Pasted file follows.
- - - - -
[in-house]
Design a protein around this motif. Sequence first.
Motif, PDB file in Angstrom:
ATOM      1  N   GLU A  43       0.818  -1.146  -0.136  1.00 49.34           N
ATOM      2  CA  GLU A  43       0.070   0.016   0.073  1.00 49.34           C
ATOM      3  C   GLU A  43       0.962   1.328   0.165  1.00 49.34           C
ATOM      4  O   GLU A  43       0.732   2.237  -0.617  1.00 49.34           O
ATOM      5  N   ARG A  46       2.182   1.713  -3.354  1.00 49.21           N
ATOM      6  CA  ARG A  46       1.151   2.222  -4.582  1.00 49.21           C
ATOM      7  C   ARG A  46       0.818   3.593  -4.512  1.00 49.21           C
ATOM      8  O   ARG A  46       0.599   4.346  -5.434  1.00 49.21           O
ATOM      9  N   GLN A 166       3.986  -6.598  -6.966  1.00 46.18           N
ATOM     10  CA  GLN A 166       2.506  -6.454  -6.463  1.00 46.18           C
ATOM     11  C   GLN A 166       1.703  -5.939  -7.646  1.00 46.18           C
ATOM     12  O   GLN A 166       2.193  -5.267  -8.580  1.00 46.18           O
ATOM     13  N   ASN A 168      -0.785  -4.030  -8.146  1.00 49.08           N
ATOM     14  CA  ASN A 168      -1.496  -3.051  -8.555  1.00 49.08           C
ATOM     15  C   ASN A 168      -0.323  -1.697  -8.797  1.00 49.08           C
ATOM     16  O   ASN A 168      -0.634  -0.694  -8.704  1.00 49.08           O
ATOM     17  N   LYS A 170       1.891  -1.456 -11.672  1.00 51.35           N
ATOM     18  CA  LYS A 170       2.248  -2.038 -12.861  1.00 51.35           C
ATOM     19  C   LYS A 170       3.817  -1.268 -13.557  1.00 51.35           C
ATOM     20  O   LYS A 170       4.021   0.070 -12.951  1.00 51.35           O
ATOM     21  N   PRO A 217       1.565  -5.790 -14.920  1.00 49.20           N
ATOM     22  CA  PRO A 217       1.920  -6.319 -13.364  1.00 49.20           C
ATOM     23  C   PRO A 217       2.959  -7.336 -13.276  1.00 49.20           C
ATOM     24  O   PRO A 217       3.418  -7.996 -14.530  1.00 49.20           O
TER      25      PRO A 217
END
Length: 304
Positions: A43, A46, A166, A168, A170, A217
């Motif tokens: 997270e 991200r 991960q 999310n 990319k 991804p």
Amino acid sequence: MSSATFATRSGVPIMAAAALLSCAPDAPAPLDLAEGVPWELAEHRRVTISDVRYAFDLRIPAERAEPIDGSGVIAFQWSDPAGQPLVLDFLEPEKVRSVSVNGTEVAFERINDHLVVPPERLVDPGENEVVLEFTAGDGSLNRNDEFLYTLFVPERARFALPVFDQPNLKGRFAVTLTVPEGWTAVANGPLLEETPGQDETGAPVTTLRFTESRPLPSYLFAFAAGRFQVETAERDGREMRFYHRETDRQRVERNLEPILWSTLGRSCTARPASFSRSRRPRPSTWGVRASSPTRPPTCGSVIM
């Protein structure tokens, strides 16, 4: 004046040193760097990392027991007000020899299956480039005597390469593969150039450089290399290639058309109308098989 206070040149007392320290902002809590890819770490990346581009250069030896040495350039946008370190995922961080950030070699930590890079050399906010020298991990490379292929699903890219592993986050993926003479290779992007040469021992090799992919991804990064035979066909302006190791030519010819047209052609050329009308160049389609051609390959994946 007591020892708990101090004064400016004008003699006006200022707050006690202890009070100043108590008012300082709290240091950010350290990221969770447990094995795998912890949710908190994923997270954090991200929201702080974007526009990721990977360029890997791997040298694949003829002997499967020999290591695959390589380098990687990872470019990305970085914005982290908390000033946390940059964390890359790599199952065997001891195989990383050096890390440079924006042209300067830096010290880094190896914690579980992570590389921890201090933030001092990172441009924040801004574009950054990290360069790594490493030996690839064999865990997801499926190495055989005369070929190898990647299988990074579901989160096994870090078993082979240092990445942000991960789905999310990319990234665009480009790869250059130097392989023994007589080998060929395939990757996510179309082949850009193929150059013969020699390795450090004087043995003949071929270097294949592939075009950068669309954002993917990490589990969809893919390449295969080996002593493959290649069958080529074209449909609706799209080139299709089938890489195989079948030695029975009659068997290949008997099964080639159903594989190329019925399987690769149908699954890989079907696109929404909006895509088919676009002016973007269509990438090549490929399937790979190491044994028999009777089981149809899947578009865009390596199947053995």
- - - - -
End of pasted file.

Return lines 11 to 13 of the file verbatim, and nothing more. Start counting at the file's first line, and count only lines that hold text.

ATOM      8  O   ARG A  46       0.599   4.346  -5.434  1.00 49.21           O
ATOM      9  N   GLN A 166       3.986  -6.598  -6.966  1.00 46.18           N
ATOM     10  CA  GLN A 166       2.506  -6.454  -6.463  1.00 46.18           C